Originally posted on Maine Crime Writers, July 13, 2011
Hi. I’m Barbara Ross, author of The Death of an Ambitious Woman, and a co-editor at Level Best Books. I’m awed to be here with this amazing group of authors. I think I may be a double newbie, the newest fiction author (my book was published just a few months after Paul Doiron’s The Poacher’s Son) and the newest to Maine.
My Maine connection begins in 1989 when my mother-in-law and a friend took a trip to Bar Harbor. Afterwards, they came gunkholing down the coast in their car, visiting every antique, gift and craft shop along the way, as one does (and especially as that pair did).
It got late, so they decided to stay over rather than try to get back to Massachusetts. Somehow, they found their way down Route 27 to Boothbay Harbor, where, completely unplanned, they spent the night at a bed and breakfast at the head of the harbor called the Seafarer Inn.
The next morning the owners mentioned that they were selling the inn. In that moment, my mother-in-law said, “I’ll buy it.”
If she had ever before harbored dreams of running a bed and breakfast, she’d never breathed a word of them to those nearest and dearest.
But, buy it she did. It turned out the perfect gig for a widowed school teacher. My mother-in-law is warm, charming, and a great cook. My husband and I were always astonished to find reserved Midwestern couples hugging and kissing her good-bye after a single night at the Seafarer, promising to send Christmas cards.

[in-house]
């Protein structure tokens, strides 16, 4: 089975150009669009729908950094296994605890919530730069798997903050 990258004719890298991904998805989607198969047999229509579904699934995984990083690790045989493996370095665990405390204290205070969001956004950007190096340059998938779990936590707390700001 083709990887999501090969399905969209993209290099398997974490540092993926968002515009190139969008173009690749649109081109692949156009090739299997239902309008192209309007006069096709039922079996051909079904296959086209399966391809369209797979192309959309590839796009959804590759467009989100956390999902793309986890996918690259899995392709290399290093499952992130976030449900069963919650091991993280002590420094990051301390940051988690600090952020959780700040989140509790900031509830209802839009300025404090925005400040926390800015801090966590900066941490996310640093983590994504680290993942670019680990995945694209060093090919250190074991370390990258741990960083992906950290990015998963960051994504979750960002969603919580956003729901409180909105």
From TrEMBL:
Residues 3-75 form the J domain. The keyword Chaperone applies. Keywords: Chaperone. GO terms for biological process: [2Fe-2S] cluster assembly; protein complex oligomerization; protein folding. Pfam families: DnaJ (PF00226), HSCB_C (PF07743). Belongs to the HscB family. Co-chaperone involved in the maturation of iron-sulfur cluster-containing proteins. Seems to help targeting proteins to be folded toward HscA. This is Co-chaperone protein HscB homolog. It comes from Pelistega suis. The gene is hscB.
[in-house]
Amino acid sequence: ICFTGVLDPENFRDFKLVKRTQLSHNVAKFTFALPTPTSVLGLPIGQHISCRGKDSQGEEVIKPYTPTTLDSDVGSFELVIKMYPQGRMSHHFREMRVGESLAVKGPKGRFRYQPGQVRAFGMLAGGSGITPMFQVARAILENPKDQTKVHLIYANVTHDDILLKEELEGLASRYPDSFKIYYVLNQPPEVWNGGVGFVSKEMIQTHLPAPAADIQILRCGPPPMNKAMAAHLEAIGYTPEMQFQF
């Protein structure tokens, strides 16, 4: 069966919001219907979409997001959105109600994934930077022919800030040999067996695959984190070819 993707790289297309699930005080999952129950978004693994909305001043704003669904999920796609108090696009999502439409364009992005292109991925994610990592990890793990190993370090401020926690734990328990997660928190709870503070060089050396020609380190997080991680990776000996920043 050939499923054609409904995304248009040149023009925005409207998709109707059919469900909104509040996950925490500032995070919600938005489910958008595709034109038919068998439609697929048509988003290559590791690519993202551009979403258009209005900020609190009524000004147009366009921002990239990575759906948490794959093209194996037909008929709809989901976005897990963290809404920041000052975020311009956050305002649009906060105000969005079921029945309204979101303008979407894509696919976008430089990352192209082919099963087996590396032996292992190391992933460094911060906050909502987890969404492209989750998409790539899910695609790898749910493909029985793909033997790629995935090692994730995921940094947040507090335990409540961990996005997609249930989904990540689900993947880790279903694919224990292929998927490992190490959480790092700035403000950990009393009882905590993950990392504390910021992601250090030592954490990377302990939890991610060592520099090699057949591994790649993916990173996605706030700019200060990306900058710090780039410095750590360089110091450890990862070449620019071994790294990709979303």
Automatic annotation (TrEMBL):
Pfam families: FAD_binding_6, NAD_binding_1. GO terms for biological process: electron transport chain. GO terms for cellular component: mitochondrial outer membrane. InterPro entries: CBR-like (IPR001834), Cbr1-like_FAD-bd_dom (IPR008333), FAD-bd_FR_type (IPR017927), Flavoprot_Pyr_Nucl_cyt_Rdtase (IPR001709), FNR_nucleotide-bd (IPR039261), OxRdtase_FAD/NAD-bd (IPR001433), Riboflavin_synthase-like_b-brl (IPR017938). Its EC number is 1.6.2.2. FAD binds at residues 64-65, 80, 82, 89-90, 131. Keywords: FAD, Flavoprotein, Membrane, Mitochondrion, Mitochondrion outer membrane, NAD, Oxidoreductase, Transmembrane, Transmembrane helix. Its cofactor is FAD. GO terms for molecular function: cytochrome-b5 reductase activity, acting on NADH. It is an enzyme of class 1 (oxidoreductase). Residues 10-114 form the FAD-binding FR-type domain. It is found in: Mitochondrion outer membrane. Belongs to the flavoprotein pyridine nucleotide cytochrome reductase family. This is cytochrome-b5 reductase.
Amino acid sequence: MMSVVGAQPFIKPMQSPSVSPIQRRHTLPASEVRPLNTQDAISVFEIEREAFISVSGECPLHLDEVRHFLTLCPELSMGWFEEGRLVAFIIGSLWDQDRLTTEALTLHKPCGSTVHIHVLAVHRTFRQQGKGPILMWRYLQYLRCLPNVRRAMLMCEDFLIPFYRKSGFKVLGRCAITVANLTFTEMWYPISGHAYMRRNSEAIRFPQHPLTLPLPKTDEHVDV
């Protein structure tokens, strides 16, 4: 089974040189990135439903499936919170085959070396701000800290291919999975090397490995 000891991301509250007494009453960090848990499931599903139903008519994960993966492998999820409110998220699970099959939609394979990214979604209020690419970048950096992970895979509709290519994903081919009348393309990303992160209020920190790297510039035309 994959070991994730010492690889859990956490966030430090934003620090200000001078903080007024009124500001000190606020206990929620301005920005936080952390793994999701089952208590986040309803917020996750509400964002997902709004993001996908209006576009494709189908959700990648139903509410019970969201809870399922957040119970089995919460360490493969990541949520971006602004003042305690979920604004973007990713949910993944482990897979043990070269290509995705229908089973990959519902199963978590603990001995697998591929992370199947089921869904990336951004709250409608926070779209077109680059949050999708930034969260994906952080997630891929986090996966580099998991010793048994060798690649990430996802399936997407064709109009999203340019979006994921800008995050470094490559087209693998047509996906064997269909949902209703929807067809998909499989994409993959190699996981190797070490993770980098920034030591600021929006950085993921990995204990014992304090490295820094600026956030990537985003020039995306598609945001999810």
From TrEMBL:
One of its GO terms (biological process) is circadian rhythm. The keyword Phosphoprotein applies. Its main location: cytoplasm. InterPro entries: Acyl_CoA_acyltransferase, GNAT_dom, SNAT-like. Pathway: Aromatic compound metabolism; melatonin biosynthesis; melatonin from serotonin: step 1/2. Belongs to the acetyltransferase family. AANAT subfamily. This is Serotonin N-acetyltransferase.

By 2005 things had changed again. In her late seventies, it took more help for my mother-in-law to run the inn and the economics began to tip sideways. So, in a transaction so complex I took to calling it “Momitrage,” my husband I and became the owners of the Seafarer.
We don’t run it as an inn anymore. I am notoriously not a morning person and can think of nothing worse than coming downstairs to find a table full of happy, chatting strangers. I guess we could run a Bed and Get-your-own-damn-breakfast, but I doubt there’s much of a market. It’s an oversized summer home that fits the whole family and has the best front porch in the world. My mother-in-law’s still there from July to November, when we throw her out so we can shut the place down for the winter, because opening the heating bills causes actual, physical pain.
When she bought the Seafarer, my mother-in-law was just a few years older than I am now. In her sixties, she learned both the art and the business of hospitality. So whenever I am stymied, frustrated, overwhelmed or just plain panicked by the challenge of learning the art and the business of fiction-writing, I think of her, talk myself off the ceiling and get down to it.
For me, that’s the lesson of the Seafarer.